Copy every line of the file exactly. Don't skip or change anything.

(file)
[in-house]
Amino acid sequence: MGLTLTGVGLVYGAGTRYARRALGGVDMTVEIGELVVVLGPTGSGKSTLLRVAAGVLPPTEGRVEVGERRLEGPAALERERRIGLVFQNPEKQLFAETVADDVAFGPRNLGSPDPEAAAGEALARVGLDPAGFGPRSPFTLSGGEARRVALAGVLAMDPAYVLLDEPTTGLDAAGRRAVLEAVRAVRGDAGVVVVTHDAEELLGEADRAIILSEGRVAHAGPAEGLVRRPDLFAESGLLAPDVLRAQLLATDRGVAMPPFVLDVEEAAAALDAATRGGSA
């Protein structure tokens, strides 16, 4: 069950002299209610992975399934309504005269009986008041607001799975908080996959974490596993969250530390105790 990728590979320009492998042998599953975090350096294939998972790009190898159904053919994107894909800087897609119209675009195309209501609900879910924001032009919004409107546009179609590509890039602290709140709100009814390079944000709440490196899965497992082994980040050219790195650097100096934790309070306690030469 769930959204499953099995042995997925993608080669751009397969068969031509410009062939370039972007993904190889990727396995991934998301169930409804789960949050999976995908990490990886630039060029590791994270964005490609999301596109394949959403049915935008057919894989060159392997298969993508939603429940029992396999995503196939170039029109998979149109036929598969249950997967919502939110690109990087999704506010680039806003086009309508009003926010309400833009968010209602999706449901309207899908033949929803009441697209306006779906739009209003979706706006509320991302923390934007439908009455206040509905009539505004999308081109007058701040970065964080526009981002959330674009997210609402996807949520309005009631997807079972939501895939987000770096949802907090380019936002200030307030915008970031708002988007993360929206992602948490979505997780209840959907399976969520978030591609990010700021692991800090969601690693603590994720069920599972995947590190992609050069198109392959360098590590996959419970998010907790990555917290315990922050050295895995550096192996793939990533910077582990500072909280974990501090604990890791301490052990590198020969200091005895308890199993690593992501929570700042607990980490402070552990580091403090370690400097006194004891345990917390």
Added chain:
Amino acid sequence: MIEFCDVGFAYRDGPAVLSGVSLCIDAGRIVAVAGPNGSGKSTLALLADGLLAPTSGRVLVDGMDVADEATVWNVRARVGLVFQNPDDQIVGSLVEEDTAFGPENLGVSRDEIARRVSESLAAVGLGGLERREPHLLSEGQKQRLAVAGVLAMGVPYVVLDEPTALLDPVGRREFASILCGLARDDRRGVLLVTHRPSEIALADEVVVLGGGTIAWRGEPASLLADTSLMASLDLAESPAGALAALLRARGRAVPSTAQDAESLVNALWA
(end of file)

[in-house]
Amino acid sequence: MGLTLTGVGLVYGAGTRYARRALGGVDMTVEIGELVVVLGPTGSGKSTLLRVAAGVLPPTEGRVEVGERRLEGPAALERERRIGLVFQNPEKQLFAETVADDVAFGPRNLGSPDPEAAAGEALARVGLDPAGFGPRSPFTLSGGEARRVALAGVLAMDPAYVLLDEPTTGLDAAGRRAVLEAVRAVRGDAGVVVVTHDAEELLGEADRAIILSEGRVAHAGPAEGLVRRPDLFAESGLLAPDVLRAQLLATDRGVAMPPFVLDVEEAAAALDAATRGGSA
């Protein structure tokens, strides 16, 4: 069950002299209610992975399934309504005269009986008041607001799975908080996959974490596993969250530390105790 990728590979320009492998042998599953975090350096294939998972790009190898159904053919994107894909800087897609119209675009195309209501609900879910924001032009919004409107546009179609590509890039602290709140709100009814390079944000709440490196899965497992082994980040050219790195650097100096934790309070306690030469 769930959204499953099995042995997925993608080669751009397969068969031509410009062939370039972007993904190889990727396995991934998301169930409804789960949050999976995908990490990886630039060029590791994270964005490609999301596109394949959403049915935008057919894989060159392997298969993508939603429940029992396999995503196939170039029109998979149109036929598969249950997967919502939110690109990087999704506010680039806003086009309508009003926010309400833009968010209602999706449901309207899908033949929803009441697209306006779906739009209003979706706006509320991302923390934007439908009455206040509905009539505004999308081109007058701040970065964080526009981002959330674009997210609402996807949520309005009631997807079972939501895939987000770096949802907090380019936002200030307030915008970031708002988007993360929206992602948490979505997780209840959907399976969520978030591609990010700021692991800090969601690693603590994720069920599972995947590190992609050069198109392959360098590590996959419970998010907790990555917290315990922050050295895995550096192996793939990533910077582990500072909280974990501090604990890791301490052990590198020969200091005895308890199993690593992501929570700042607990980490402070552990580091403090370690400097006194004891345990917390």
Added chain:
Amino acid sequence: MIEFCDVGFAYRDGPAVLSGVSLCIDAGRIVAVAGPNGSGKSTLALLADGLLAPTSGRVLVDGMDVADEATVWNVRARVGLVFQNPDDQIVGSLVEEDTAFGPENLGVSRDEIARRVSESLAAVGLGGLERREPHLLSEGQKQRLAVAGVLAMGVPYVVLDEPTALLDPVGRREFASILCGLARDDRRGVLLVTHRPSEIALADEVVVLGGGTIAWRGEPASLLADTSLMASLDLAESPAGALAALLRARGRAVPSTAQDAESLVNALWA